A rocket blast in Syrian city Aleppo went off on Monday, leaving at least 26 people dead, including 16 soldiers, and 86 injured according to Syrian news agency SANA. Both the Assad regime and the Syrian rebels are condemning each other for the strike. Both sides agree, however, that chemical weapons were used, but these declarations are unconfirmed.
A Reuters photographer was present during the attack and visited hospital wards that many people were relocated to after the blast. Many of the victims experienced breathing problems and reported an odor of chlorine after the rocket hit.
SANA claims that there were two letters sent by the Foreign and Expatriates Ministry after the attack, one to the President of the UN Security Council and the UN Secretary General, stating “the missile fell in a region populated by civilians [in the village of Khan al-Assal of the northern province] on a 300- m distance from the post of the Syrian Arab army soldiers.”
United States government officials have previously claimed that they would pursue military involvement in Syria if they were to use chemical weapons. There have been reports that Syria was developing WMD capabilities. In December of last year, President Obama said, “The use of chemical weapons is and would be totally unacceptable. And if [Assad and those under his command] make the tragic mistake of using these weapons, there will be consequences and you will be held accountable.”
President Obama has stated that he wants to use non-military options with Syria before pursuing intervention: “I think it is very important for us to try to resolve this without recourse to outside military intervention.”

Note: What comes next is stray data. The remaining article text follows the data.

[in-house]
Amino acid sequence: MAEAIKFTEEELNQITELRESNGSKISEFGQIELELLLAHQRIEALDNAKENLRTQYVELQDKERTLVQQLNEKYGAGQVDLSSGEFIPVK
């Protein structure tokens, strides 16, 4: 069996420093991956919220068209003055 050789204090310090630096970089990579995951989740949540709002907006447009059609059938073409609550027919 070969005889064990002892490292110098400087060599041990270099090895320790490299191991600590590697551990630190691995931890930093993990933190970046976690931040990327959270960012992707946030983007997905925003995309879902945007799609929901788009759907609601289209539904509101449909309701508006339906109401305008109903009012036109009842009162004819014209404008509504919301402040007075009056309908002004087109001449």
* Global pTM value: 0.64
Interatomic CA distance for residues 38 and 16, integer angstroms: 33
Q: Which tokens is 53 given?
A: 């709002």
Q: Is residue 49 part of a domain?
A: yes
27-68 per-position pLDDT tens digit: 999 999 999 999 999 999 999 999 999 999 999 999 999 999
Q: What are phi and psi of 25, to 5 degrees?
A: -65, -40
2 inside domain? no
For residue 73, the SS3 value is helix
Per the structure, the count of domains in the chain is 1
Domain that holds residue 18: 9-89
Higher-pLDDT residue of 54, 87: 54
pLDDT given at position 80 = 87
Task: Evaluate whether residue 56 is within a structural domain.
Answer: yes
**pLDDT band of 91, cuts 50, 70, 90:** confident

White House held a press conference press conference with reporters and administrators after this news broke out where their spokesman Jay Carney stated, “We are looking carefully at allegations of … chemical weapons use, we are evaluating them. We have no evidence to substantiate the charge that the opposition has used chemical weapons.”
The Department of State also commented on the issue claiming that there is “no reason to believe the allegation” of chemical weapons usage. Two members of the Senate and House Intelligence Committees, Senator Dianne Feinstein (D-Calif.) and Representative Mike Rogers (R-Mich.) informed CNN that they strongly feel that chemical weapons were used.
Rogers brought up future United States involvement if this was proven true. “If in fact we prove beyond a shadow of a doubt that they have used these chemical weapons … I think we are morally obligated to do something about their ability to deliver these weapons,” he said.
While it is inconclusive now whether chemical weapons were used, it is clear that the U.S. government is prioritizing its future involvement in Syria.